News flash

Videos of SAL/UER Climate Week events

Racism and the Collapsing Society, Barbara Love and Tim Jackins, June 7, 2020

RC Webinars listing through July 2021

New Online Workshop Guidelines Modifications


 

We Are Winning!

Hello everyone!

Here are some victories from the South Asian Liberation Workshop:[1]

  • By the end of the workshop, I could tell[2] I was connected. It was subtle—like something that had always been there that I was finally able to feel a bit more.
  • I could tell that I have more of my mind than in the past and that my struggles aren’t an individual failing. I decided again to learn Hindi, the language of my family, and this time it actually feels possible.
  • It was great to notice the gains I have made with my South Asian family. The despair and hurt of our isolation due to colonization is still there, but I can tell that I have them more than I did before.
  • I am more aware of how assimilation hurts me and hides information about who I really am from my allies.

The internalized oppression is strong and will quickly bring up early hurts when South Asians are together. We don’t need to step over these feelings. Azi[3] encouraged us to discharge early.[4]

One moment crystallized the workshop for me. In a mini-session I assumed that my counselor was criticizing me. Rather than go silent, I spoke up gently and requested that they shift their counseling technique. They were surprised and asked if they could speak to that. I said yes, ready to feel bad. They said, “You are a joy. I so enjoy being with you. That’s why I laugh. Not to criticize or dismiss you. It’s just what I feel when I’m with you.” For the rest of my turn I sobbed and screamed in their arms. I felt deep sadness for how my patterns keep me from seeing what is objective reality, and rage at whatever happened to me in the past to keep me from assuming my power, significance, and connection. It was a beautiful moment.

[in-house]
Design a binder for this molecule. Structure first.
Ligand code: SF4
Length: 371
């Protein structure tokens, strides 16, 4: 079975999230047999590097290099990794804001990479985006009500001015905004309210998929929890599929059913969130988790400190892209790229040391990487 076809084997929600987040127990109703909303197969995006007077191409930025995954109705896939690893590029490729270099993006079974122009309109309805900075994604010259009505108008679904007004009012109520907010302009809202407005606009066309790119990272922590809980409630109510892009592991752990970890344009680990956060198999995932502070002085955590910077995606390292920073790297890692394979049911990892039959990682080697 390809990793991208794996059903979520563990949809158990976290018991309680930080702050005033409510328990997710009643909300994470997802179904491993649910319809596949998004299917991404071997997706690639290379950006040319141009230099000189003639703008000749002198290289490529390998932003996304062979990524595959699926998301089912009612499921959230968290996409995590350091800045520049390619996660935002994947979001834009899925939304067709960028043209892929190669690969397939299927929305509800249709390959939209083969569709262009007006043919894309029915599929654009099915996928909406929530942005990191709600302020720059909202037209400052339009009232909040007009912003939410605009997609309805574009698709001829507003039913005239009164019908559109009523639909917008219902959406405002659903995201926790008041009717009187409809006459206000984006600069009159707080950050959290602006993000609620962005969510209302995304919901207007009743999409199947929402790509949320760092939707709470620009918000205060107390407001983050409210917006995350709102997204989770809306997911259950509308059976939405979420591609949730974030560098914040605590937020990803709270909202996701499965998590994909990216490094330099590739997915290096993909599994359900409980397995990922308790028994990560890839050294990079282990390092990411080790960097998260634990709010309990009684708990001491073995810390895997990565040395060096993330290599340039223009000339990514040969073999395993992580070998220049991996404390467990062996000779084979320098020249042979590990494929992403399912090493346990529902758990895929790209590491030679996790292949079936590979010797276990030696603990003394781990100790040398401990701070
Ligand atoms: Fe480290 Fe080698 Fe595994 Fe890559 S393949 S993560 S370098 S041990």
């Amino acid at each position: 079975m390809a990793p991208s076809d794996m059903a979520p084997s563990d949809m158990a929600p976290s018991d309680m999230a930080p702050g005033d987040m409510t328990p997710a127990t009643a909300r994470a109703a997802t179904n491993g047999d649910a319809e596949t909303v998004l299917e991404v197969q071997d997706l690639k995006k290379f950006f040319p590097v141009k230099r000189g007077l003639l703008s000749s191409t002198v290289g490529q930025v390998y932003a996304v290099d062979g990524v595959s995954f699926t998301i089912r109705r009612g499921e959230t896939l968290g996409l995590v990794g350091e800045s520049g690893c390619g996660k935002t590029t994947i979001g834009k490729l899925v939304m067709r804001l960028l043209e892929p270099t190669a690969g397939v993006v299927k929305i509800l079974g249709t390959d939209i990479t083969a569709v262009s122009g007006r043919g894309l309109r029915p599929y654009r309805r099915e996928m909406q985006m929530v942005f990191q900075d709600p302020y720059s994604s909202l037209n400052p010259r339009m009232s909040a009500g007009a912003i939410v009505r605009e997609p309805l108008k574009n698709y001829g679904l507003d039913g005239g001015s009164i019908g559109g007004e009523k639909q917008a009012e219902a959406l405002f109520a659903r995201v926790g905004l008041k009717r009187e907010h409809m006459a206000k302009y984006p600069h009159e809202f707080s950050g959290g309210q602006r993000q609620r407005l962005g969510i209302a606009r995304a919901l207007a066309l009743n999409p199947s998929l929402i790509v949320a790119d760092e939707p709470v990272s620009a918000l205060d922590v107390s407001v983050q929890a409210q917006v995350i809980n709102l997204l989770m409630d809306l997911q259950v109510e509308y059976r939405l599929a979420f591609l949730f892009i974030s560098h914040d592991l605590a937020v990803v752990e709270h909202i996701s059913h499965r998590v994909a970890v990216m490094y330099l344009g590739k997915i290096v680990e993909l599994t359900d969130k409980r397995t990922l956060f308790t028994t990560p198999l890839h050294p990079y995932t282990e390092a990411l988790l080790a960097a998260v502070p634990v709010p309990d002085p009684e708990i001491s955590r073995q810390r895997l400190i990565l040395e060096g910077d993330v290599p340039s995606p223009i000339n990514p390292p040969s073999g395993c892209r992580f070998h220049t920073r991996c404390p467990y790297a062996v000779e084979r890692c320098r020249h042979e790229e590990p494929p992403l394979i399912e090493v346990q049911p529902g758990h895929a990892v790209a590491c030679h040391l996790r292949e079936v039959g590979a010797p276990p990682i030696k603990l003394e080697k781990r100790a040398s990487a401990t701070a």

Many of us have been treated harshly. Gentleness and connection are a huge contradiction.[5] I have been conditioned to believe that life is only struggle. It is liberating to notice moments of joy, lightness, and being with people in fun. I have had more moments of connection and laughter with my South Asian family. This is tremendous. I hadn’t believed it was possible.

The work of discharging our early terror and other hurts is not fun! But it is key to noticing how amazing it is to be alive now, and what more is possible. The victory is having more of myself, and my people, and the world. Doing this work as a group is absolutely necessary.

This is what I feel right now: Wow. We are winning. We are winning.

Anu Yadav
Washington, D.C., USA
Reprinted from the RC e-mail discussion list for leaders
of South, Central, and West Asian-Heritage People


  [1] A workshop led by Azadeh Khalili, near Boston, Massachusetts, USA, in July 2015
[2] “Tell” means notice.
[3] Azadeh Khalili, the leader of the workshop
[4] “Discharge early” means discharge on early hurts.
[5] Contradiction to the distress

 


Last modified: 2019-05-02 14:41:35+00